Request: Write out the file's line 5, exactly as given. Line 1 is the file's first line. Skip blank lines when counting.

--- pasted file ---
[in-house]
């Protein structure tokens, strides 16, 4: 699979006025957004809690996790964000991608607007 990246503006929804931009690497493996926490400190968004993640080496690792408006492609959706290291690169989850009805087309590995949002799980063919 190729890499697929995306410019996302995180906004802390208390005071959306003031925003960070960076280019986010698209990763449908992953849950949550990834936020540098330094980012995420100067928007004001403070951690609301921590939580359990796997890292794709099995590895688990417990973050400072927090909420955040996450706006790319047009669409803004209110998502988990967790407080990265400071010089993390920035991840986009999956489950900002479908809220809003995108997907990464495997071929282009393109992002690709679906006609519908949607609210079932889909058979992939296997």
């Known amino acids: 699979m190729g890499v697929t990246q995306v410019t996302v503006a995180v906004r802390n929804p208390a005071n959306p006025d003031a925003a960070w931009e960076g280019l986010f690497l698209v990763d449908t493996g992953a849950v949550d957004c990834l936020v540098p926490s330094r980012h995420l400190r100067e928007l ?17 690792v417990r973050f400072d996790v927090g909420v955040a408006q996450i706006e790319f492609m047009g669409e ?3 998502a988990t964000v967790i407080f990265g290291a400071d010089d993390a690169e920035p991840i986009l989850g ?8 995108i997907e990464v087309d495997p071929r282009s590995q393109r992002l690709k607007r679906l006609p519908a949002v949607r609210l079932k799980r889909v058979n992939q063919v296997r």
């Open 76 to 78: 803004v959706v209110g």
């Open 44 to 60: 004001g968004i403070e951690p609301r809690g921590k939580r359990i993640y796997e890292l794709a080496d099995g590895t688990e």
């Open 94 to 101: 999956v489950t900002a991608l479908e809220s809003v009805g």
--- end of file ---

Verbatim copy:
């Open 44 to 60: 004001g968004i403070e951690p609301r809690g921590k939580r359990i993640y796997e890292l794709a080496d099995g590895t688990e």